The other day on Facebook, Ron Brooks wrote, “I’m really wondering if anything is ever going to happen on Diaspora–No new invites, a very quiet room.” Ron offers an important observation regarding Facebook, the concept of “alternative,” and users’ habits. Despite the continuous rants against Facebook regarding its annoying advertising, its so called privacy violations, and its inability to pay attention to its users’ wishes, very few, if any, are leaving Facebook for alternatives such as Diaspora. Almost a year ago, CNN declared a partial exodus from Facebook. Facebook’sÂ current statistics claim 500 million active users. Hardly an exodus.
Net neutrality. Privacy rights. The right to opt out or opt in. If our time is being characterized as one of attention to such issues, we might ask why we continue to stay where we don’t want to be. By “we,” of course, I don’t mean me. I don’t care about Facebook’s privacy issues. I don’t care about its advertising. Facebook is free. Facebook is an optional choice I make. Facebook is pleasurable. Facebook is a business that cannot pay its employees or for its servers with my status updates about my three year old’s interest in poop. Free, not as in free beer, as the saying goes.
We are being asked to save the Internet. Is the Internet in danger? The moment a commercial website appeared, panic set in. Should the Internet be free, as in free beer?Â Â This is Ted Nelson’s rant in Geeks Bearing Gifts: “Google threatens every content industry, publishing industry, and library industry.” While many academics interested in the Web are alarmed by a possible “corporate” takeover of the Internet that will restrict access, they use Blackboard in their classrooms, the most restrictive course management system on the market that limits access and controls information distribution. Computers and writing, as one academic field, has long lamented the supposed lack of access people have with technology (as if we were ever in a universal access moment for any technology or product).Â At one point, access was a way to stop the conversation: We can’t talk about digital writing because not everyone has access. Access is now a way to realign our attention to supposed power relationships at stake in a given new media moment. If we lose net neutrality, for instance, our access will be inhibited. If Facebook gets its way, our access to private information will be inhibited. And yet, we have so much access today, that these arguments make little sense when a professor proudly writes about limiting student access or a New York Times article boasts about scientists who abandon access. What is it that we want? Access or no access? More information and media or less?Â Do we value access or do we, as many faculty gripe, fret over the amount of access we have (laptops, email, Twitter, Facebook, the Internet, TV, gaming, etc.)?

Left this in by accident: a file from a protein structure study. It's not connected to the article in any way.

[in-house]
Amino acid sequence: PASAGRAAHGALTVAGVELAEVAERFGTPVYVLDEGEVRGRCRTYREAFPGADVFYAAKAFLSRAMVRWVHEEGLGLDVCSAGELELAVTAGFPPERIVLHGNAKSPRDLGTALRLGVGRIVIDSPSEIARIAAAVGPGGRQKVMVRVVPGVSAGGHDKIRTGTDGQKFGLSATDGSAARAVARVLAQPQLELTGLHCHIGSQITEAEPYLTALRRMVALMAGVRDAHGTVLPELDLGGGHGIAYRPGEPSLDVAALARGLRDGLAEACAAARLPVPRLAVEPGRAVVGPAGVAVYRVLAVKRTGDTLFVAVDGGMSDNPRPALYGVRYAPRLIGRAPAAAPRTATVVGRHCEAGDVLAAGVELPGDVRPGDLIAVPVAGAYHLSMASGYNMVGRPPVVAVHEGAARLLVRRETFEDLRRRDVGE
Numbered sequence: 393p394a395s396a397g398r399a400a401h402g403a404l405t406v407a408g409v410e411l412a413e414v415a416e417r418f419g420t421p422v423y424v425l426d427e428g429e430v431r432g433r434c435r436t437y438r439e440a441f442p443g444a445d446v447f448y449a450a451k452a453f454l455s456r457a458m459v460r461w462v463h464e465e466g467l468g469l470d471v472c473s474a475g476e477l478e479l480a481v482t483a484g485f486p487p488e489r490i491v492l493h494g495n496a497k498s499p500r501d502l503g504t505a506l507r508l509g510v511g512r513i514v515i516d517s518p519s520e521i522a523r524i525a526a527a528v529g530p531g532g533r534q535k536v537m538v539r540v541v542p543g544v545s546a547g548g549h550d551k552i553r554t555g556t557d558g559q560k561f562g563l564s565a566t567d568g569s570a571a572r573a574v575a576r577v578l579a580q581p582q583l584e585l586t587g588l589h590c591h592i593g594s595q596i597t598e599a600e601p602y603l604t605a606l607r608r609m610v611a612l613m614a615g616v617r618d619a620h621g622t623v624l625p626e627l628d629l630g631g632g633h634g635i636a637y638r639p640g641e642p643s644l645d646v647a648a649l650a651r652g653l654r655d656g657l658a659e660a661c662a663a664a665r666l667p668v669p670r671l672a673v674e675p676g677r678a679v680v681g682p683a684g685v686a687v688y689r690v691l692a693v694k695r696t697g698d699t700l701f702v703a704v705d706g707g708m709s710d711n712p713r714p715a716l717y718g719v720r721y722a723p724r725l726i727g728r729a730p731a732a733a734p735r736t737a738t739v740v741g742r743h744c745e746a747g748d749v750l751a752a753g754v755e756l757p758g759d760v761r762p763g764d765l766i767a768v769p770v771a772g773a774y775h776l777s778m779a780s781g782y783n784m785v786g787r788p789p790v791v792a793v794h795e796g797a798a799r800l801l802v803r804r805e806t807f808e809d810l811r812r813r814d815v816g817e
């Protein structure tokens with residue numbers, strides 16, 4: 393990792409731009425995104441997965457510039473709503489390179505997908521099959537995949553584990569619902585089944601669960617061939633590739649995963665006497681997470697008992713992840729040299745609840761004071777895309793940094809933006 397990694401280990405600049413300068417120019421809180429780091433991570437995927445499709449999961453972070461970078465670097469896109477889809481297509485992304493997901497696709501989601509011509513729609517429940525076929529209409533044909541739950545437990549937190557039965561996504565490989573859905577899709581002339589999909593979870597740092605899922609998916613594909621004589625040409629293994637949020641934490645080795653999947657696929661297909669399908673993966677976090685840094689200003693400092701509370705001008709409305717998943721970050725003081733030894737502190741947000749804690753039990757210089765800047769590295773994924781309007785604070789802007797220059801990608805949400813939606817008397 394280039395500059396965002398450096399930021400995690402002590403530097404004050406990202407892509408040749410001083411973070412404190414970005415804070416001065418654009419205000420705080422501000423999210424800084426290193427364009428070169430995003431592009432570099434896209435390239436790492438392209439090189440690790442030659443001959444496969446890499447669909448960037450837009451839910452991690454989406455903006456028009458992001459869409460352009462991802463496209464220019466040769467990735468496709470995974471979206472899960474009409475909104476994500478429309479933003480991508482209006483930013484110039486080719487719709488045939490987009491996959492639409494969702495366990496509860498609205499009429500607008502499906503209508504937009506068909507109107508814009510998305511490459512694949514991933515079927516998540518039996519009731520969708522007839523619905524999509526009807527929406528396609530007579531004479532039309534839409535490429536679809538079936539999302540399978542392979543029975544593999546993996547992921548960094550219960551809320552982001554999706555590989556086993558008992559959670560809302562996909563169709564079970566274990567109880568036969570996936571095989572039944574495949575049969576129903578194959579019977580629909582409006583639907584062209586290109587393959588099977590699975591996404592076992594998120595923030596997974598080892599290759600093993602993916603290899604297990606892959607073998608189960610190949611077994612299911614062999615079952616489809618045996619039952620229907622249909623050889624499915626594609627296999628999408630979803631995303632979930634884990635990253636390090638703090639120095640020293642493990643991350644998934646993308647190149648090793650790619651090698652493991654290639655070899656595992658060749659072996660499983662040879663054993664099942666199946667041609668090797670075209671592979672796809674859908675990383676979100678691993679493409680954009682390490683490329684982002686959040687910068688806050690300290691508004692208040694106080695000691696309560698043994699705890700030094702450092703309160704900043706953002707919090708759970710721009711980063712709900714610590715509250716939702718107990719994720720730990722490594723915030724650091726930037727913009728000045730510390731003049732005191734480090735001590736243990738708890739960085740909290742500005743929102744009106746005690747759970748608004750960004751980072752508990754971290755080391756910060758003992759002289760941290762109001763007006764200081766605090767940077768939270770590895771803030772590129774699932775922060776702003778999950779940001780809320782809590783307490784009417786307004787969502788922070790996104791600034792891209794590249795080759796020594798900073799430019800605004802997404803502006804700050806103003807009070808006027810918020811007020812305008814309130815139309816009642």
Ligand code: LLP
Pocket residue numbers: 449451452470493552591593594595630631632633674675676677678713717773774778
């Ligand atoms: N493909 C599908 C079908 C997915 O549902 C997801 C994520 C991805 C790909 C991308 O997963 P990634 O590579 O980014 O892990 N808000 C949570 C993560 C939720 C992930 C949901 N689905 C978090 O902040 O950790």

With Facebook, critics bemoan too much access to private information: phone numbers, addresses, photos. Yet, Facebook is a social networking platform. The keyword here is social. If one desires privacy, one should not join a social network. If one desires privacy, one shouldn’t include one’s phone number of picture in a Facebook profile.
But do we truly desire privacy? Or do we merely want to generate a feeling of desire we can relate to, but that we don’t really want (like finding ways to not have so much grading)? Academic study has long championed the lone writer or thinker. One goes to the woods. One shuts out the world so that one can look within. One is creative when one finds a silent, quiet place. The professor who wants his students to not have access romanticizes such a figure; he longs for the the days when he spoke to his mother once every two weeks. He yearns for a pedagogy of the anti-social, as if he lacks a pedagogy which will generate another Ted Kaczynski. The creative writer earns a grant that lets him/her go to a cabin on a mountain where he/she can write alone (as Kaczynski did). This topos of being lonely is a fake place of meaning. As we triumph such an image, we rush, on the other hand, to the social space. 500 million people on Facebook. Kirpatrick’s The Facebook Effect describes how quickly people rushed to this platform, so quickly that it became difficult to buy server space fast enough to accommodate the users (a reason Friendster supposedly failed).
How do we explain the need for proximity, Maffesoli asks? We can’t. Its a mystery, a secret, a contradiction. The global village projects the image of tranquility (a village) and tension (the conflict of being too close). The problem is not that we have contradictions regarding privacy and being social. The problem is that we cannot admit to the contradiction.